Abusive Childhood, Last Love Interest Part of Griffin Trial Testimony

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Stanley Griffin's longtime and last girlfriend said he would do anything for her, but was constantly put down by a mother who never showed she loved him.

As a child, the convicted murderer was slapped, hit, beaten with sticks and boards, and called names by his mother, all according to aunts who also testified in their nephew's trial Monday.

Andrea Copelyn, a witness recalled by the defense in the punishment phase of the proceedings, discussed part of her long relationship with the man found guilty of killing Copelyn's former coworker, Jennifer Hailey, in her College Station home in 2010.

While there were constant fights, including one that turned physical and led to Griffin going to jail, Copelyn always wanted to be with him eventually. She ended the relationship in July 2010 because Griffin and her kids weren't getting along, but she wanted her kids to get through school, then planned on going back to him.

"I don't think anyone will love me like he did," Copelyn testified. "It was crazy, intense." She said Griffin would care for her, cook and clean. He tried to get employment, but had trouble keeping jobs and passing tests for a commercial driver's license.

Griffin was so in love with Copelyn that witnesses have testified to their break-up as seemingly being a breaking point for Griffin, who two months later killed Hailey and attacked her nine-year-old son. His attitude changed in that period, and his smile disappeared.

Griffin stayed with Copelyn's friends for a bit after the break-up, then went to SOS Ministries. After a church event Copelyn attended to support Griffin, he asked to come home, only to be denied by Copelyn. She says Griffin "lost it," got in her car and begged to be taken home.

Griffin was kicked out of SOS, stayed in a vacant house a couple of nights, but lived in a park, though Copelyn admitted their physical relationship continued as other aspects were on hold.

Asked if she still loved Griffin despite his crimes, Copelyn said, "I don't love the Stanley that did that to Jennifer. I love the Stanley that I had. They're different."

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The third day of the punishment phase began with testimony from four aunts, sisters of Stanley's father, the late Willie "Tootsie" Griffin.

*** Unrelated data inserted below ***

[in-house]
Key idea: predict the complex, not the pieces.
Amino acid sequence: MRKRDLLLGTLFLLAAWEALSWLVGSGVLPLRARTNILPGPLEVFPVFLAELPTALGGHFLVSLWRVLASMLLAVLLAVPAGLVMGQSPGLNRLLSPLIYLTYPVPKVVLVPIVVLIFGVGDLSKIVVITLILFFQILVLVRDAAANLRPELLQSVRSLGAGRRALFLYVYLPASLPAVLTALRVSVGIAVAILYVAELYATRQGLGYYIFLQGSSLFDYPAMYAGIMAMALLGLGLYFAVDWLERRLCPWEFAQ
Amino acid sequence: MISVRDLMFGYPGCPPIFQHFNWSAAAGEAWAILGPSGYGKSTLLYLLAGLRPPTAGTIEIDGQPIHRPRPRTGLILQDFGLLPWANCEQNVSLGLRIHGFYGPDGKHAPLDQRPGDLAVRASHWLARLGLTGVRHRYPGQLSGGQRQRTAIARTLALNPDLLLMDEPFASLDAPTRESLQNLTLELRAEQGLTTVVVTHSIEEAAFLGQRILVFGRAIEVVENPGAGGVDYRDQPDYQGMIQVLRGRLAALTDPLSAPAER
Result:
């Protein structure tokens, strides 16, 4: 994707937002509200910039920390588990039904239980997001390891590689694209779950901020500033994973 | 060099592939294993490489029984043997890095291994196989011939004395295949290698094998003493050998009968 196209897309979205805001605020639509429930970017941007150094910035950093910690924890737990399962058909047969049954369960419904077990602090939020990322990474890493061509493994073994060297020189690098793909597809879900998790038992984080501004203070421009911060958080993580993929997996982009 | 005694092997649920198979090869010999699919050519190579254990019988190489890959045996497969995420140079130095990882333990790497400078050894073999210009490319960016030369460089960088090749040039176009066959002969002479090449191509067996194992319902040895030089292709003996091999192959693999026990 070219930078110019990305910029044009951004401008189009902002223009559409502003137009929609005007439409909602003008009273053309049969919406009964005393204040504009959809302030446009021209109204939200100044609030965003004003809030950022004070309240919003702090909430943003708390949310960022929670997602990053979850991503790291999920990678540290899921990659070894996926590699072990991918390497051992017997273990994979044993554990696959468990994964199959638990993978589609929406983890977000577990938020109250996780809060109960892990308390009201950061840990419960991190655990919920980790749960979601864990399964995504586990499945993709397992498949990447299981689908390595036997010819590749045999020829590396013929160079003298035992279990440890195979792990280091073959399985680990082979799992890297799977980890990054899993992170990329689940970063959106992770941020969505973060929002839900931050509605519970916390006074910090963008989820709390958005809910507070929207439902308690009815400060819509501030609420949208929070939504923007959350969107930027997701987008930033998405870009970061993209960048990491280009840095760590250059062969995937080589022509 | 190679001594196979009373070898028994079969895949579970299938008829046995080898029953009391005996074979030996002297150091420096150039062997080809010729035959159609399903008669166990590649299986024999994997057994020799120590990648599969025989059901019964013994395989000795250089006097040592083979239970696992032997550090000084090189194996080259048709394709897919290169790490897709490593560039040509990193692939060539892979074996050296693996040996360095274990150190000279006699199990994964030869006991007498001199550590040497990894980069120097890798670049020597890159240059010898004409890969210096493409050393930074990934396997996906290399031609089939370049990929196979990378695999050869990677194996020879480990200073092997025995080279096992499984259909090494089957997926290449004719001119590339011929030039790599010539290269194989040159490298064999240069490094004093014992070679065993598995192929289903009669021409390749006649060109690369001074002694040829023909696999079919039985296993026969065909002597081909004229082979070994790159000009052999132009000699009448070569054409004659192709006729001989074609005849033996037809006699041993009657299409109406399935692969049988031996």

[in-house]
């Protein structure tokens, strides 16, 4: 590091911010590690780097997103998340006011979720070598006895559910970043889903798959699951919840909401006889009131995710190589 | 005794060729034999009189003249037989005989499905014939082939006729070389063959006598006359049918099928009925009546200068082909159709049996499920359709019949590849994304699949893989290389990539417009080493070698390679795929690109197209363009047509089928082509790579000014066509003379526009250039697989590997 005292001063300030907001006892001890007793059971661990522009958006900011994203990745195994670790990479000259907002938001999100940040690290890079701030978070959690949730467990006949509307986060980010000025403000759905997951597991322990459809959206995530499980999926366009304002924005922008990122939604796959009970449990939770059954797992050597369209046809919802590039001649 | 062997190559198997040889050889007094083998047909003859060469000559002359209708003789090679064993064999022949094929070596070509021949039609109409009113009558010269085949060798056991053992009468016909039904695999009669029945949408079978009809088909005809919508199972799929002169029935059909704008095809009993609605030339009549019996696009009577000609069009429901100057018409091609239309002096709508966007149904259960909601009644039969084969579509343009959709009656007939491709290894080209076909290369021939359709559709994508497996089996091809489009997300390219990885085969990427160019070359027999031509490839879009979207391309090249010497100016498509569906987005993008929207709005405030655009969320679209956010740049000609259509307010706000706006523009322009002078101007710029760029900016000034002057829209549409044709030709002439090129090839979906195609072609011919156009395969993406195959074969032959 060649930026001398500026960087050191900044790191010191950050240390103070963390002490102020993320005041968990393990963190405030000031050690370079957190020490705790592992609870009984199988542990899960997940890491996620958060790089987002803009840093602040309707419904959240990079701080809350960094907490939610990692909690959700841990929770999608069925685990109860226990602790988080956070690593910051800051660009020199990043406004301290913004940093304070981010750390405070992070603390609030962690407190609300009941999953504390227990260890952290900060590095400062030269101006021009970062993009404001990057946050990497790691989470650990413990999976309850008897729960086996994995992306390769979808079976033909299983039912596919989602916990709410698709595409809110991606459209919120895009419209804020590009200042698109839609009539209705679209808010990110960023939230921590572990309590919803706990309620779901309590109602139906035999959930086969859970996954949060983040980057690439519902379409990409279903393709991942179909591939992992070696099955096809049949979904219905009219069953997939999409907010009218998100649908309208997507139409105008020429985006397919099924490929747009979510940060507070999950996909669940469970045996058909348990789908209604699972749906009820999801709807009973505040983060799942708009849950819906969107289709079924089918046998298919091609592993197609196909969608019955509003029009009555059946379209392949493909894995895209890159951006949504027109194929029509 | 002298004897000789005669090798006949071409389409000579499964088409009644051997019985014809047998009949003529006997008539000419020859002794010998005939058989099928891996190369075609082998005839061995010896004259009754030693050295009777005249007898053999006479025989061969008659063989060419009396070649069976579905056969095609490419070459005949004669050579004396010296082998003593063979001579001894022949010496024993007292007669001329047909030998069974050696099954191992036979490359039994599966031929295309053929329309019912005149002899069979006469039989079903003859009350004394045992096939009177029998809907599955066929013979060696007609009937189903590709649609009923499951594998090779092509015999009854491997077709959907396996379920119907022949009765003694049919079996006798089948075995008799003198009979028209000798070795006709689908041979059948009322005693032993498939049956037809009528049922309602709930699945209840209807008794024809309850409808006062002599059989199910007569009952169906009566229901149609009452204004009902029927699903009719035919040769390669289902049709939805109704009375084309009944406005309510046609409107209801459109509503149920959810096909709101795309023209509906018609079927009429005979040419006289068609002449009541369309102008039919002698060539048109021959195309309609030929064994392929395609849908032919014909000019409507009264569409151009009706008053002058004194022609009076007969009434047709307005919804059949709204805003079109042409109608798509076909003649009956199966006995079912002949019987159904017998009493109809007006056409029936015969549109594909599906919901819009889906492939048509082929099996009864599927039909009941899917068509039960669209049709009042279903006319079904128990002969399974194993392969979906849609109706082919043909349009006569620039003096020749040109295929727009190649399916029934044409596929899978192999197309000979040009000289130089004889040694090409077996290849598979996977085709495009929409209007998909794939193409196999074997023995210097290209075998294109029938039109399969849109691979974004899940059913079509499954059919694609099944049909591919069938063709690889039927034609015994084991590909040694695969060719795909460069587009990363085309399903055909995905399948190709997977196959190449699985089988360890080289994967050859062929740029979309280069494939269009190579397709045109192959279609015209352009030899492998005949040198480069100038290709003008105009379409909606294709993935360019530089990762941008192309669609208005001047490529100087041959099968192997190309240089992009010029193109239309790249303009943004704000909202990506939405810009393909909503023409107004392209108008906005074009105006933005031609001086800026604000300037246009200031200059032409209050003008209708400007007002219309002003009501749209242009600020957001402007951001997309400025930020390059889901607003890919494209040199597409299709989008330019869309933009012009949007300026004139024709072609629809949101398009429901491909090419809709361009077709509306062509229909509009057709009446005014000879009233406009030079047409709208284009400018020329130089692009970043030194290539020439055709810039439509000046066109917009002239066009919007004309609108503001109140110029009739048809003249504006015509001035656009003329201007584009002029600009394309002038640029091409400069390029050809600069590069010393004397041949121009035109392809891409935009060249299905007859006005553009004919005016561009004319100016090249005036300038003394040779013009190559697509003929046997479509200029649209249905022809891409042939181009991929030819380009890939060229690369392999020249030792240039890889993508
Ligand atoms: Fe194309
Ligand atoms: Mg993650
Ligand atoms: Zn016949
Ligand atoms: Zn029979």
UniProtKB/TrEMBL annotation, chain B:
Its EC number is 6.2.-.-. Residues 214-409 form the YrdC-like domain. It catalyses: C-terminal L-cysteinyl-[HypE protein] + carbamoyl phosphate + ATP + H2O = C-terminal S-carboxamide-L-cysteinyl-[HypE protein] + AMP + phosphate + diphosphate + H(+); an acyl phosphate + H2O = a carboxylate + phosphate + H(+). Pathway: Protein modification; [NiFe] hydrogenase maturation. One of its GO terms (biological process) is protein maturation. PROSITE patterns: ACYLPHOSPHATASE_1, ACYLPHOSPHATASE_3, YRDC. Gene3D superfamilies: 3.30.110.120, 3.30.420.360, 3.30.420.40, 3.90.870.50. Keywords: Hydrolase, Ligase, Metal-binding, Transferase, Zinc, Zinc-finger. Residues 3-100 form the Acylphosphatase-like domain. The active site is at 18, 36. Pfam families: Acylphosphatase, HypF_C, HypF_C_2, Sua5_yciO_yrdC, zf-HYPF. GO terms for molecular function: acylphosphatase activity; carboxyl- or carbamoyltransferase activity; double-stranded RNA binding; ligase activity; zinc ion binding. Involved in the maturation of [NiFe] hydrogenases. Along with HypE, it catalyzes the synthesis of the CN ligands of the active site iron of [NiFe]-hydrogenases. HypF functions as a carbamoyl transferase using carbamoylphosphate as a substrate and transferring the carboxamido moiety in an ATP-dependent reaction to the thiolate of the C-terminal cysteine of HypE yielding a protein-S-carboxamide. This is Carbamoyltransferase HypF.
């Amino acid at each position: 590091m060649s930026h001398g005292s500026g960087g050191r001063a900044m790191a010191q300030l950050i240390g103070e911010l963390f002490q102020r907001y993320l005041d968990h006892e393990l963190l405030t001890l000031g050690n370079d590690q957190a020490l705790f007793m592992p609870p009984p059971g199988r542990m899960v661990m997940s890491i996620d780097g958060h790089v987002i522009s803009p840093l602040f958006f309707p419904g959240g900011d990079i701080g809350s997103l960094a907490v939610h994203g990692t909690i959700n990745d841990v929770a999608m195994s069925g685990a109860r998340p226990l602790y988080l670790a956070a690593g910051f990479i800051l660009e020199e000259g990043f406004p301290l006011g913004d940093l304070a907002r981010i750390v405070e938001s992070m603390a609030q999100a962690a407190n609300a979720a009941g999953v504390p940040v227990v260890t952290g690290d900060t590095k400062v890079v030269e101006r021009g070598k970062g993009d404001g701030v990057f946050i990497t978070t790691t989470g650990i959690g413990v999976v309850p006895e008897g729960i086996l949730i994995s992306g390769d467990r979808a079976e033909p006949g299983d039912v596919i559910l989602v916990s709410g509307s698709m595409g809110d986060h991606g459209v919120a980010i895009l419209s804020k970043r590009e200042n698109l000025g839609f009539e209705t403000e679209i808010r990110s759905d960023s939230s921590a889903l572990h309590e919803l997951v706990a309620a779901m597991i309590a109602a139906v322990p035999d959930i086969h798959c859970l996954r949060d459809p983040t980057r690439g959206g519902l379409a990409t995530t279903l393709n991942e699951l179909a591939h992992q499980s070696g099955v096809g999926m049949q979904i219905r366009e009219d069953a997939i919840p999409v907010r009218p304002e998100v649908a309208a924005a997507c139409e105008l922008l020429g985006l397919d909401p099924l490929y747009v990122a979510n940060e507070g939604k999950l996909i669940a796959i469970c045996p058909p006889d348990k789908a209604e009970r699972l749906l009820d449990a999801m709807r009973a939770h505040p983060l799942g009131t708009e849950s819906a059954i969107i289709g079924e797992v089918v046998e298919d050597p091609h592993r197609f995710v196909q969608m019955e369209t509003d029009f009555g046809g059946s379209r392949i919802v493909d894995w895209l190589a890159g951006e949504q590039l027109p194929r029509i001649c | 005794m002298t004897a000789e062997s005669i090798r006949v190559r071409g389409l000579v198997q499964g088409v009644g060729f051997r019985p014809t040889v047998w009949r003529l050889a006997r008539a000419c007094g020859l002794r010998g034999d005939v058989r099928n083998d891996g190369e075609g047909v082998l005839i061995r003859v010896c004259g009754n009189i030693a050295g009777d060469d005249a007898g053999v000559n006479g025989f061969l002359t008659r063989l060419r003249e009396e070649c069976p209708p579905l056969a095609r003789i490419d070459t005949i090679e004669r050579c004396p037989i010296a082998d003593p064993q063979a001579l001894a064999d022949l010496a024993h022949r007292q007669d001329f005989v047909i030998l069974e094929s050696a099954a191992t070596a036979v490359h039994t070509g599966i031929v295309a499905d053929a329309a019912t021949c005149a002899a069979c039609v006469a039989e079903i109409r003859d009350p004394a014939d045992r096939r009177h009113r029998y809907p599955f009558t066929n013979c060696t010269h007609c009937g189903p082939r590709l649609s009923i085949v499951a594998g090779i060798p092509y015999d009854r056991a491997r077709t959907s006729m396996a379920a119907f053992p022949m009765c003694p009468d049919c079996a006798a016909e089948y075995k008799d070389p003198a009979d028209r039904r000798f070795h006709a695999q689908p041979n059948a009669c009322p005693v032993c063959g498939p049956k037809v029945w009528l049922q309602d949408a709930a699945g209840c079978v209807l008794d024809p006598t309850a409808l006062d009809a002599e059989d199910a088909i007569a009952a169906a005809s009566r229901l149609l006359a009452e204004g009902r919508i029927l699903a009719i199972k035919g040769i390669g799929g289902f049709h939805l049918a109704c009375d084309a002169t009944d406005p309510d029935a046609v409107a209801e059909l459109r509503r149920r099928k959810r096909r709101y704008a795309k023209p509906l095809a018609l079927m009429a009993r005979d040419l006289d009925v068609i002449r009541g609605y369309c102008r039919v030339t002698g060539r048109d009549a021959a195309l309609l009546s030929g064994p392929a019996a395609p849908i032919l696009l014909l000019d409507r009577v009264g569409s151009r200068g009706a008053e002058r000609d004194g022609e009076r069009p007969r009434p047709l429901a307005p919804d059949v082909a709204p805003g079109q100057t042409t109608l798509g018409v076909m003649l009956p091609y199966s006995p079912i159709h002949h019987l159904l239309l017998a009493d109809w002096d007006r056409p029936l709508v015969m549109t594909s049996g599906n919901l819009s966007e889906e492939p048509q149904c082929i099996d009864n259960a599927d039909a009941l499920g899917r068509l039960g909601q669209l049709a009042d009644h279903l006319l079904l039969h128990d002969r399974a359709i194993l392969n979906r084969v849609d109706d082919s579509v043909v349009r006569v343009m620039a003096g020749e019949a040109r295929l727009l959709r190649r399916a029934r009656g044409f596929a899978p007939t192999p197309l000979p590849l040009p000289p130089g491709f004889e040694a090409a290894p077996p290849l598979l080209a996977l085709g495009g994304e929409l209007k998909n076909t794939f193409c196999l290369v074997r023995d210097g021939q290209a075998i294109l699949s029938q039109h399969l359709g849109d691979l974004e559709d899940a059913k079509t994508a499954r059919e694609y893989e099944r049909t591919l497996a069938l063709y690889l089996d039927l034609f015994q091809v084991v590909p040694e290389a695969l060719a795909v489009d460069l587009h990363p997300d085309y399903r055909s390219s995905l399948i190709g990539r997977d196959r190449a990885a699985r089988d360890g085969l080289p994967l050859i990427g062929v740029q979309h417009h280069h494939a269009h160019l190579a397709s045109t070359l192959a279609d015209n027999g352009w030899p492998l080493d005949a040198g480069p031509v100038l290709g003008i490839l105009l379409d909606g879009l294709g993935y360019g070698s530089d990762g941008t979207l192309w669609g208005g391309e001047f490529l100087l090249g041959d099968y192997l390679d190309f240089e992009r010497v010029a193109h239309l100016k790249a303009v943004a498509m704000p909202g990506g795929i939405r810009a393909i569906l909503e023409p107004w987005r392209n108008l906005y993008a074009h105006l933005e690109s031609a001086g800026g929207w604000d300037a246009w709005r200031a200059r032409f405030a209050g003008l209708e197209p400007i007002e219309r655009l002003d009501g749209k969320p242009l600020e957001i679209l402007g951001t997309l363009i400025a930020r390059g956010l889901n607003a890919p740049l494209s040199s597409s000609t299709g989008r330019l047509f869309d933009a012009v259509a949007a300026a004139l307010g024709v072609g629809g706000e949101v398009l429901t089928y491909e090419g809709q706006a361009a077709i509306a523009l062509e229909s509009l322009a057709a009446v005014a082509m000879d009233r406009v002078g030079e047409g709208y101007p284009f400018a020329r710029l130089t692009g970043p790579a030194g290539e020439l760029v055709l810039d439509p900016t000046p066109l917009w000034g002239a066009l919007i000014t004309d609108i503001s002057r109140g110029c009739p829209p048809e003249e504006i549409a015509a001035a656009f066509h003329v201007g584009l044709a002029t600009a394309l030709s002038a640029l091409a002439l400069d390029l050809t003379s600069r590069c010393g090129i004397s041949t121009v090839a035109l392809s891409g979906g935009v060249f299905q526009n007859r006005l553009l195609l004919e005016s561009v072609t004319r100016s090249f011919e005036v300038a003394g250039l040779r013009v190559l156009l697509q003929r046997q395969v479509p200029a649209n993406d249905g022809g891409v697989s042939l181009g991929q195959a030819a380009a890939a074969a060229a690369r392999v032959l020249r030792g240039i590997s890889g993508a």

The siblings spoke of growing up in a strict, spiritual, caring home. The family worked on a tobacco farm near Quincy, Florida. "Tootsie" married Dorothy, who the sisters said was relentlessly abusive towards her husband and her two kids.

Griffin's mother and her latest husband are due to testify Tuesday.

Stanley Griffin's aunts said they repeatedly saw Dorothy hitting her husband and kids with her hands, sticks and boards, leaving welts and bruises on them. The abuse happened in the farm fields and in the home, but was not relegated to physical abuse.

The aunts said they did not witness positive reenforcement from Dorothy to her kids. She would curse them and call Stanley "stupid," "black as tar," "crazy" and "just like your daddy."

They also said Dorothy would talk back to her mother- and father-in-law, who tried to provide Stanley Griffin with love and support, along with the aunts.

One aunt said Stanley was slow to grasp his studies and needed repeated emphasis from her when they were going over his schooling. Another aunt said Griffin was a "joyful," an "ordinary" boy who would put on talent shows and play games.

The jury has two options for punishment: life in prison without the possibility of parole, or the death penalty. To sentence him to death, the jury must determine Griffin is a future danger to others, and that there are no mitigating circumstances that would prevent the State of Texas from executing the 47-year-old.

The defense is arguing that Griffin is mentally retarded, thus making him ineligible for the death penalty under the U.S. Constitution.

Early Monday afternoon, educators from Gadsden County, Florida testified about Griffin's records from a special needs school program. While they did not remember Griffin because of the hundreds and thousands of students they educated, their records from the early 1980s showed Griffin had a low IQ -- 65 as he entered middle and high school years -- and struggled to retain information.

Prosecutors said they would provide their own experts to counter the defense's and prove Griffin is not mentally retarded. They are asking the jury to sentence Griffin to death.